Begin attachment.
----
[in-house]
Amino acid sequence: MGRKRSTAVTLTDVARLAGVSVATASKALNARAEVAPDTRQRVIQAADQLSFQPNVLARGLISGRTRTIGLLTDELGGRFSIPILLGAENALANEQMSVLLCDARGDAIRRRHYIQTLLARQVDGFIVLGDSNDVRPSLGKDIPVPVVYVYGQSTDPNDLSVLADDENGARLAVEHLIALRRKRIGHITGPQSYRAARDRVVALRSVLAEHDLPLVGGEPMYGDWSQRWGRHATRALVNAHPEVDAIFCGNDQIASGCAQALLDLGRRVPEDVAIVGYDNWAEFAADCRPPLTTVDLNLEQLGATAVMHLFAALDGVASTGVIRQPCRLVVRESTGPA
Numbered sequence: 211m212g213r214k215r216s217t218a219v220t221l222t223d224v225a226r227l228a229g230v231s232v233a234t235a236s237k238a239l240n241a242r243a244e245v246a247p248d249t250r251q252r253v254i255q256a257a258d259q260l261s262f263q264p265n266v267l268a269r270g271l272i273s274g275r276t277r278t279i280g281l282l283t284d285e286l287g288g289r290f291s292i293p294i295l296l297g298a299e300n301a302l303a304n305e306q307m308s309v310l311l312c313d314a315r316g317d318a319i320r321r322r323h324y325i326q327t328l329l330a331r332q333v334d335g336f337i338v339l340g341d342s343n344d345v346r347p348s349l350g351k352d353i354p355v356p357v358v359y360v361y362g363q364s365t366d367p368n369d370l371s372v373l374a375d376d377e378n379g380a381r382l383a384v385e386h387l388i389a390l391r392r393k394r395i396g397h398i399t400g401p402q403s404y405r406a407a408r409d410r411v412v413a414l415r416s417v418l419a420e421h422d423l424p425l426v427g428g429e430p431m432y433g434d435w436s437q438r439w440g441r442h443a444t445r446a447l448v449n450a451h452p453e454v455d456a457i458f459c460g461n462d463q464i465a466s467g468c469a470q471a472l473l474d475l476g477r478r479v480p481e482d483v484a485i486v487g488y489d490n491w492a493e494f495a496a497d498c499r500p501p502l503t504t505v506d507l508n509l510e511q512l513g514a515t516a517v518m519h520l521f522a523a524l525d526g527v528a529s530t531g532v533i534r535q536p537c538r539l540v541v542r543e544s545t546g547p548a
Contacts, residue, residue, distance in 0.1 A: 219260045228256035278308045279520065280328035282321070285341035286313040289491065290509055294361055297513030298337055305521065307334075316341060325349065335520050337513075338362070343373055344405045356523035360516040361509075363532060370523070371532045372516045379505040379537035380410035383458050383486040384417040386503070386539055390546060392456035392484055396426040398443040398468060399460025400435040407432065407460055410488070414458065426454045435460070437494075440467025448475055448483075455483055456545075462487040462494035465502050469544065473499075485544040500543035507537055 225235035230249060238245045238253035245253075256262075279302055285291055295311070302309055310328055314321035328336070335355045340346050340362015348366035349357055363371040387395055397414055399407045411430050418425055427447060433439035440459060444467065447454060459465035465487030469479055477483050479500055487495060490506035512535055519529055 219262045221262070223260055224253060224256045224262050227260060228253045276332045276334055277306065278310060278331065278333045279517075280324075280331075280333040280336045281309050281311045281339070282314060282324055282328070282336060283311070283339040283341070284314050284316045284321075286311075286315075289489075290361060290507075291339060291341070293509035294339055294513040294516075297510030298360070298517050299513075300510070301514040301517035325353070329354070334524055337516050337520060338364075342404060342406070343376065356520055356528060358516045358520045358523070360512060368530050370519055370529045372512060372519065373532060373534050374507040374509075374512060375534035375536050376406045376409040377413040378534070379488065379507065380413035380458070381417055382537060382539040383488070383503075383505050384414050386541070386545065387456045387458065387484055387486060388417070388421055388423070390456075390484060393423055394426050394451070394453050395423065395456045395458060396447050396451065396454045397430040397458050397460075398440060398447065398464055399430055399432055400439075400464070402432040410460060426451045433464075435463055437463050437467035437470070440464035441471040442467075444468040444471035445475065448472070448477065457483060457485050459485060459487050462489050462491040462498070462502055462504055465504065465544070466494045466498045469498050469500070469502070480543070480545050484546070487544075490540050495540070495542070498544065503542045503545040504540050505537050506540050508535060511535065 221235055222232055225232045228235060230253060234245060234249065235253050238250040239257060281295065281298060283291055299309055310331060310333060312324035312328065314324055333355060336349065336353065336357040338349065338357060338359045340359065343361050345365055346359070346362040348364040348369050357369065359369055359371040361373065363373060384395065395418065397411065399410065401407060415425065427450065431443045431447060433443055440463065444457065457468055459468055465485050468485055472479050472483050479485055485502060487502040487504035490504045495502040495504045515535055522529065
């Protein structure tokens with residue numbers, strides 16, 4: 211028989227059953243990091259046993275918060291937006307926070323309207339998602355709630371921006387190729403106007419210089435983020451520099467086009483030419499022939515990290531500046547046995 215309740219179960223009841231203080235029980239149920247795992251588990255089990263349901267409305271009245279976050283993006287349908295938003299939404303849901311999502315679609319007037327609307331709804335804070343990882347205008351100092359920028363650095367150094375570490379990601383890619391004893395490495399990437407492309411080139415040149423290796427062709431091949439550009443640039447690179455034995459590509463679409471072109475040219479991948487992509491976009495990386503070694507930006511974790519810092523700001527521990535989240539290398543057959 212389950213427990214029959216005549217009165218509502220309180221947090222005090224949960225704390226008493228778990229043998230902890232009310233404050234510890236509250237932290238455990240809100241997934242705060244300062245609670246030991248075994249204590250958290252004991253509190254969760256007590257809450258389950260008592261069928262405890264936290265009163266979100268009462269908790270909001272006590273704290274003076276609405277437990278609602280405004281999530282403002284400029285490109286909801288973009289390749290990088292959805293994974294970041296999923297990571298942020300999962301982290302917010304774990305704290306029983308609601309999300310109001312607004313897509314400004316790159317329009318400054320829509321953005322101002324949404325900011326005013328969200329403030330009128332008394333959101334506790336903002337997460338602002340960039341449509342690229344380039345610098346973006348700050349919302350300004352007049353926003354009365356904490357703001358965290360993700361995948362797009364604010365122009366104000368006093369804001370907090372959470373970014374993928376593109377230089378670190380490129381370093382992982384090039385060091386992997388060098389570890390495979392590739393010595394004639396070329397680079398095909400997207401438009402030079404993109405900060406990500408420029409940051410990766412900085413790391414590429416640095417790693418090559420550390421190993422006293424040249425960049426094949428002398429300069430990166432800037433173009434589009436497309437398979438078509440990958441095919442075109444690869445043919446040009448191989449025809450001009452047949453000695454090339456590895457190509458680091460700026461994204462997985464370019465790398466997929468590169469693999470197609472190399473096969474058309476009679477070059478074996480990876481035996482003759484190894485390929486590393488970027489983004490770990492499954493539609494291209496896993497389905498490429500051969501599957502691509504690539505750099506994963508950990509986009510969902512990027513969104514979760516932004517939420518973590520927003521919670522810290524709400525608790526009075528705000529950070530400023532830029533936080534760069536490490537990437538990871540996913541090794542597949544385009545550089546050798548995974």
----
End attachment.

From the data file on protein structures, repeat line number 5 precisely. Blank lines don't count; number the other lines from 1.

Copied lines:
């Protein structure tokens with residue numbers, strides 16, 4: 211028989227059953243990091259046993275918060291937006307926070323309207339998602355709630371921006387190729403106007419210089435983020451520099467086009483030419499022939515990290531500046547046995 215309740219179960223009841231203080235029980239149920247795992251588990255089990263349901267409305271009245279976050283993006287349908295938003299939404303849901311999502315679609319007037327609307331709804335804070343990882347205008351100092359920028363650095367150094375570490379990601383890619391004893395490495399990437407492309411080139415040149423290796427062709431091949439550009443640039447690179455034995459590509463679409471072109475040219479991948487992509491976009495990386503070694507930006511974790519810092523700001527521990535989240539290398543057959 212389950213427990214029959216005549217009165218509502220309180221947090222005090224949960225704390226008493228778990229043998230902890232009310233404050234510890236509250237932290238455990240809100241997934242705060244300062245609670246030991248075994249204590250958290252004991253509190254969760256007590257809450258389950260008592261069928262405890264936290265009163266979100268009462269908790270909001272006590273704290274003076276609405277437990278609602280405004281999530282403002284400029285490109286909801288973009289390749290990088292959805293994974294970041296999923297990571298942020300999962301982290302917010304774990305704290306029983308609601309999300310109001312607004313897509314400004316790159317329009318400054320829509321953005322101002324949404325900011326005013328969200329403030330009128332008394333959101334506790336903002337997460338602002340960039341449509342690229344380039345610098346973006348700050349919302350300004352007049353926003354009365356904490357703001358965290360993700361995948362797009364604010365122009366104000368006093369804001370907090372959470373970014374993928376593109377230089378670190380490129381370093382992982384090039385060091386992997388060098389570890390495979392590739393010595394004639396070329397680079398095909400997207401438009402030079404993109405900060406990500408420029409940051410990766412900085413790391414590429416640095417790693418090559420550390421190993422006293424040249425960049426094949428002398429300069430990166432800037433173009434589009436497309437398979438078509440990958441095919442075109444690869445043919446040009448191989449025809450001009452047949453000695454090339456590895457190509458680091460700026461994204462997985464370019465790398466997929468590169469693999470197609472190399473096969474058309476009679477070059478074996480990876481035996482003759484190894485390929486590393488970027489983004490770990492499954493539609494291209496896993497389905498490429500051969501599957502691509504690539505750099506994963508950990509986009510969902512990027513969104514979760516932004517939420518973590520927003521919670522810290524709400525608790526009075528705000529950070530400023532830029533936080534760069536490490537990437538990871540996913541090794542597949544385009545550089546050798548995974």